The National Trust took over the whole of Sissinghurst, its garden, farm and buildings, in 1967. The garden epitomises the English garden of the mid-20th century.
This internationally renowned garden was developed by Vita Sackville-West and Sir Harold Nicolson around the surviving parts of an Elizabethan mansion. It comprises small enclosed compartments, with colour throughout the season, resulting in an intimate and romantic atmosphere (the garden is more peaceful after 4). The new vegetable garden, now fully productive, supplies fresh vegetables and fruit to the licensed restaurant. The surrounding Wealden landscape, along with the property’s accompanying farm, were central to Vita and Harold’s love and overall vision for Sissinghurst
Sissinghurst originally called Saxenherst, lies in a secluded position near one of the many feeders of the river Rother, among the woods near Cranbrook, on the S. borders of the county. There is a mention of one Stephen de Saxingherst about the year 1180, and a charter of 1255 is witnessed by Galfridus de Saxingherst.
The manor passed by a female heir into the name of Berham, and Richard, son of Henry de Berham, resided here in the fifteenth century ; afterwards the property was possessed by his descendants till the end of the reign of Henry VII., when a portion of Sissinghurst was alienated to one Thomas Baker. Little is known about the place, but there must have been a manor-house, of which the moat, which still exists, is a relic. The situation is low, as being the better adapted for water defences.
After the sale a mansion was built here by the grandson of the purchaser, namely, Sir John Baker, who was Speaker of the House of Commons and Attorney-General ; he was ambassador to Denmark from 1526 to 1530 (Sir Samuel Baker, the discoverer of the lake Albert Nyanza, was a lineal descendant of the brother of this man.). He acquired the whole manor, and erected a splendid house of brick, the extensive ruins of which remain. (In Hasted’s “Kent” is given a view of it, as in 1551.) The plan of it was a huge block of buildings, enclosing a quadrangular courtyard, into which the principal rooms looked. The front of it is a highly ornamented fagade, with four gables, bay windows, and a handsome porch, and there are wings to match. There were towers facing the centre. Horace Walpole speaks of being there in the year 1752 ; he says : “The park is in ruins, and the house in ten times greater ruins. The court is perfect and very beautiful ; a good apartment, and a fine gallery, 120 feet by 18. The back of the house is nothing but lath and plaster.” Hence its speedy decay.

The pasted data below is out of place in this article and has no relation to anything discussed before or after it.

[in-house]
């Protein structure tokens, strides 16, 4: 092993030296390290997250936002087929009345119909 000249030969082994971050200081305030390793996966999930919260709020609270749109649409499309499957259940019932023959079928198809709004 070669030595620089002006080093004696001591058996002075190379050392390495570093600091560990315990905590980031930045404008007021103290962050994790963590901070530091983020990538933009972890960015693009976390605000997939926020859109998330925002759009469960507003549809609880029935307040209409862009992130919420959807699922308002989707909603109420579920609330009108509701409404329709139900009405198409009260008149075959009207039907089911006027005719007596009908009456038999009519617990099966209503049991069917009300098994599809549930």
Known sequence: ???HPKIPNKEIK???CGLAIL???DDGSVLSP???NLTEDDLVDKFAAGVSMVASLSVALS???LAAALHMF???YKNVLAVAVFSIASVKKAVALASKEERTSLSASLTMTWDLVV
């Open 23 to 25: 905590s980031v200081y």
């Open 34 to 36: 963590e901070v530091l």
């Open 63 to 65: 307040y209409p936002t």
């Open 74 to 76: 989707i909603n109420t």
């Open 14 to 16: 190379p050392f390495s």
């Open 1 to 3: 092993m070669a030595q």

Queen Mary loaded Sir John with wealth, giving him the manor of High Haider, forfeited by the Duke of Northumberland. He was succeeded by his eldest son, Sir Richard, who had the honour of entertaining here Queen Elizabeth on her return from Rye in 1573. His nephew, another Sir Richard, was the author of Baker’s Chronicle, and died in 1645. Upon the death of Sir John, in 1661, his estates were divided between his four daughters, but at the beginning of this century they were once more united in the property of Sir Horace Mann, Bart.
Long uninhabited, the house was during the war at the end of the last century acquired for the purpose of holding French prisoners of war, and thus it obtained the name of Sissinghurst Castle. The greater part has since been pulled down, and part has been fitted up as a parish poor-house.
It is now the property of Countess Amherst, who inherited it from her father, Earl Cornwallis. The great entrance remains, together with a few fragments of the buildings. (Castles Of England, Sir James D. Mackenzie, 1896)